Have meetings about what hours are hardest for everyone to stay motivated during the day. Is there a trend there? Talk openly about what people think could be done differently during those times to make it easier/smoother for everyone. For example, new patients sitting for a long time in the waiting room makes it hard on everyone, especially when you are trying to make a good first impression. If you consistently run late for new patients, consider seeing new patients first thing in the morning and right after lunch – that way any carryover from previous appointments is either eliminated or dealt with by the new patient appointment time. This will allow your staff to seat the new patient in a timely manner and alleviate some stress from having to confront a patient who has been left waiting that doesn’t know how awesome your team is yet.
Get your team to agree if there is an open time for a crown, they can’t fill it with anything else until two days before with a procedure other than a crown (or bridge, or something else of equal value). Leaving these openings available as intended will help everyone focus on what your production goal is. This will help them “look for” the patients needing to be scheduled for crowns that need to get done from the unscheduled treatment plan list.
Set a production and collection revenue goal for the day/week/month. How much money do you need to make each month to cover accounts payable? How about to cover your personal expenses? How much money do you want to make a month to more quickly pay off student loan or equipment debt? What about having some extra income to enjoy life a bit more? A daily, weekly and monthly goal will not only help you focus on producing the work you will need in order to collect a certain amount, but it will also help you focus on treatment diagnosis.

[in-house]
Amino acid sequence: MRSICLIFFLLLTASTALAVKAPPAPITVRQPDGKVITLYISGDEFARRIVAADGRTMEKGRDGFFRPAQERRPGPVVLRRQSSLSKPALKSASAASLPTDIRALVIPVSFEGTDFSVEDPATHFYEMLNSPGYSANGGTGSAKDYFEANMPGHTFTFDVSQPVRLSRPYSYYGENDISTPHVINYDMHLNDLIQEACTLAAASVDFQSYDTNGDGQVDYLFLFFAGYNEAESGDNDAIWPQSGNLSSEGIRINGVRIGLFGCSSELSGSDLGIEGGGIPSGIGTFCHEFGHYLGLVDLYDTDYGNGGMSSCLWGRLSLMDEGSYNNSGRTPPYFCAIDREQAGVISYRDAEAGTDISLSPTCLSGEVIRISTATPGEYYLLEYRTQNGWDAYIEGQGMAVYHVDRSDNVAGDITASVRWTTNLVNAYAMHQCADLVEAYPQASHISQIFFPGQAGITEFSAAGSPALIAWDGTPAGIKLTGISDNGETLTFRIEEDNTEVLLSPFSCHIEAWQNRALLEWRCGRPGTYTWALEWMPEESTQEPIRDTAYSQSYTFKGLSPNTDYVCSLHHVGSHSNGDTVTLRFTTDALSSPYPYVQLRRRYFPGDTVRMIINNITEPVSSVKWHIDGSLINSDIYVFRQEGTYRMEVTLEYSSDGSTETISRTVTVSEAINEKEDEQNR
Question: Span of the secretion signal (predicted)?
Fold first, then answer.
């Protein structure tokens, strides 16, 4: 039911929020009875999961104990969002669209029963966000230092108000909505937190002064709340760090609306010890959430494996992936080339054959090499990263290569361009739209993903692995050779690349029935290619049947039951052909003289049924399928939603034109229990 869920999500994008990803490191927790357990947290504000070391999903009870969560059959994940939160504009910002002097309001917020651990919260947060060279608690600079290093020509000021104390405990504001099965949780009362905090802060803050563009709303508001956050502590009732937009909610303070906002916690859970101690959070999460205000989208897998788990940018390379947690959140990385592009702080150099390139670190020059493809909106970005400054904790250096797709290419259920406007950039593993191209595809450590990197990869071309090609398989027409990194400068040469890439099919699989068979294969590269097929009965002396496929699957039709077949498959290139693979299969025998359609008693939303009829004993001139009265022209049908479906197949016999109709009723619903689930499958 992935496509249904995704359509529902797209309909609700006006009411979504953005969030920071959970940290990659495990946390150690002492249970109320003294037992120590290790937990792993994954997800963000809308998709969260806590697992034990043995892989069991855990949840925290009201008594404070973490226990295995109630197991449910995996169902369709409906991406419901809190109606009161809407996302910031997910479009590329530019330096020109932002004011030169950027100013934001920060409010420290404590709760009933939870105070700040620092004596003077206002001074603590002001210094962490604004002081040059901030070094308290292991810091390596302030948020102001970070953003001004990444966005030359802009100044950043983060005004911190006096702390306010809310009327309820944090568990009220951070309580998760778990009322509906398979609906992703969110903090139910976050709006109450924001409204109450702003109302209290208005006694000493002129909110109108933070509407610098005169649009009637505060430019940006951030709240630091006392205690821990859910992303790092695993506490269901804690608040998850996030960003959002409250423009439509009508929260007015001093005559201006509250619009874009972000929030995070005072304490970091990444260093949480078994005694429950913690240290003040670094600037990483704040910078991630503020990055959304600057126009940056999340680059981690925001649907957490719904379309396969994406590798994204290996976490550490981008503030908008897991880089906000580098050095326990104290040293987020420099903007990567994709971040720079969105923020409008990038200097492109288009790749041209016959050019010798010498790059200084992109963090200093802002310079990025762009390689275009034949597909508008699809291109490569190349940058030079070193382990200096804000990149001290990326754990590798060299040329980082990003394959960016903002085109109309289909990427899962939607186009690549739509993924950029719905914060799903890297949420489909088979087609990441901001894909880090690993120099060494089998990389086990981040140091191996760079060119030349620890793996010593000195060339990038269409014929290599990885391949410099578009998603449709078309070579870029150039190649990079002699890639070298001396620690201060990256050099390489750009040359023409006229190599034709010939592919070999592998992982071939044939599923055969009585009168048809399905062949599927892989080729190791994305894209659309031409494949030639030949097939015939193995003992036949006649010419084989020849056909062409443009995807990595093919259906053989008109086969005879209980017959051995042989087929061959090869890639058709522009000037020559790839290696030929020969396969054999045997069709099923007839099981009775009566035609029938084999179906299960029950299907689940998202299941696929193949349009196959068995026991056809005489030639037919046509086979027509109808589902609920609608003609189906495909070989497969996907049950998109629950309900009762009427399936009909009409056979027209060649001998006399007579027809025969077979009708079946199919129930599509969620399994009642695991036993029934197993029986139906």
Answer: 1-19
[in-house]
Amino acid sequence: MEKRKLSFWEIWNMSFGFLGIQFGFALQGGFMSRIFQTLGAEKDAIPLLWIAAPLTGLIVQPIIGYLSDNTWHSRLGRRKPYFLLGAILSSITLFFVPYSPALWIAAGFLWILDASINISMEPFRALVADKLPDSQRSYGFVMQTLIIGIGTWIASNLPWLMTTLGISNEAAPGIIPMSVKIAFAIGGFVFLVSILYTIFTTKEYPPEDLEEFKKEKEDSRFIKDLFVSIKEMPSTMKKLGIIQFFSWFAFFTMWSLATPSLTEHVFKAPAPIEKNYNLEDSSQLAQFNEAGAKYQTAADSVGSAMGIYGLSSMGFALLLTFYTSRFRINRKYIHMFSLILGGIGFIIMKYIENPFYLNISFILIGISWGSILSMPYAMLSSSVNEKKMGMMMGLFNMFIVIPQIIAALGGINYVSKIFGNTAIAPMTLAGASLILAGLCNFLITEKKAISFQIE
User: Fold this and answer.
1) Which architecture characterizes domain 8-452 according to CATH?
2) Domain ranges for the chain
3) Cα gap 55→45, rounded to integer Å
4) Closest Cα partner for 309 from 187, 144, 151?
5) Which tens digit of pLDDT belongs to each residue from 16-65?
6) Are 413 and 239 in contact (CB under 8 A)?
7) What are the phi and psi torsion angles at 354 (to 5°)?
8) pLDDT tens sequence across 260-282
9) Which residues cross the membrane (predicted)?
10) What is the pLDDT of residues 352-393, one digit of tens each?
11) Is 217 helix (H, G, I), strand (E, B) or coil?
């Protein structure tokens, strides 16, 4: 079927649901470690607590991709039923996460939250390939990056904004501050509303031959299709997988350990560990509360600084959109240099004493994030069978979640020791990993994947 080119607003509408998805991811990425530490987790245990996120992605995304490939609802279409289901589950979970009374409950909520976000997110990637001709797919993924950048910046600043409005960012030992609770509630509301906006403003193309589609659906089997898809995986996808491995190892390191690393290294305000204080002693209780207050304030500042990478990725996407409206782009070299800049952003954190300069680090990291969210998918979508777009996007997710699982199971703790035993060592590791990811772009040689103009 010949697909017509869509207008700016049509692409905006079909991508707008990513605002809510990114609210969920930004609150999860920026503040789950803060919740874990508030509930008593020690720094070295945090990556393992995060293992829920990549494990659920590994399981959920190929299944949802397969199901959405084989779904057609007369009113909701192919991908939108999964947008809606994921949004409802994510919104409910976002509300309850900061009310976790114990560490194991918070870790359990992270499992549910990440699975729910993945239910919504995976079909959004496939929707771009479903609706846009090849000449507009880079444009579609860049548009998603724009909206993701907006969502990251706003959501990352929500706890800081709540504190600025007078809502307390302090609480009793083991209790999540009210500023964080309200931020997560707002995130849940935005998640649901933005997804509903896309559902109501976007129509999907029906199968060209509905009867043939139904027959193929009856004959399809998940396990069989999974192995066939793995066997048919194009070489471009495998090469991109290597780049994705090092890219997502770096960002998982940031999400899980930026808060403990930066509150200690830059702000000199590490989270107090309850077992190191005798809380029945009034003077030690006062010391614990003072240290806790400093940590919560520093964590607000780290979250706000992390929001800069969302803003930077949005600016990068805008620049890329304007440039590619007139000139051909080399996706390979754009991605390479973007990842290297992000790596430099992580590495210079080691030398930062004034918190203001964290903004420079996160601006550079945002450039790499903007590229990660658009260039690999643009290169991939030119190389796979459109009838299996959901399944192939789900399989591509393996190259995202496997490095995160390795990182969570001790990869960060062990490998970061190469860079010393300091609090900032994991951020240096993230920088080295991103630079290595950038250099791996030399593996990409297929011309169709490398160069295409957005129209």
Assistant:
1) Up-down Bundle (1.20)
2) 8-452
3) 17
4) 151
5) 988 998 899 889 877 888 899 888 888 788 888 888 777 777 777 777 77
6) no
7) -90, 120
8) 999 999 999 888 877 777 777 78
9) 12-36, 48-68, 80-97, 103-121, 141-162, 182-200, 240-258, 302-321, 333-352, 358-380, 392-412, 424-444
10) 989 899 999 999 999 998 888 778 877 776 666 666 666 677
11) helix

For the doctors, having a financial goal each month is important to making sure the bills get paid and the doors stay open. Have you ever heard, “if you fail to plan, you plan to fail”? If you do general dentistry, what’s the procedure that makes you the most profit? How many of those do you diagnose a day? If you diagnose four crowns a day, you should be able to get at least two or three of those accepted by the patient, so template your schedule to do two crowns a day. If you diagnose three bridges or implants a week, template a high production slot on your schedule so you can get those done! If you don’t plan your time for financial success, it makes it harder to achieve your goal.
Keep in mind your goals need to be realistic. You cannot template for ten crowns per week if you only diagnose two per week. Consider how many times you have opted to do a filling on a tooth that really needed a crown. Not all patients will understand that the filling you offered them is just meant as a temporary solution to try and save them money. In the end, the doctor ends up losing time, money, and some credibility for not doing the crown in the first place. On top of that, the patient can be irritated with having to come back for more work on the same tooth, or think you did an incomplete procedure the first time. If you know the tooth will need a crown, consider offering that option sooner rather than later.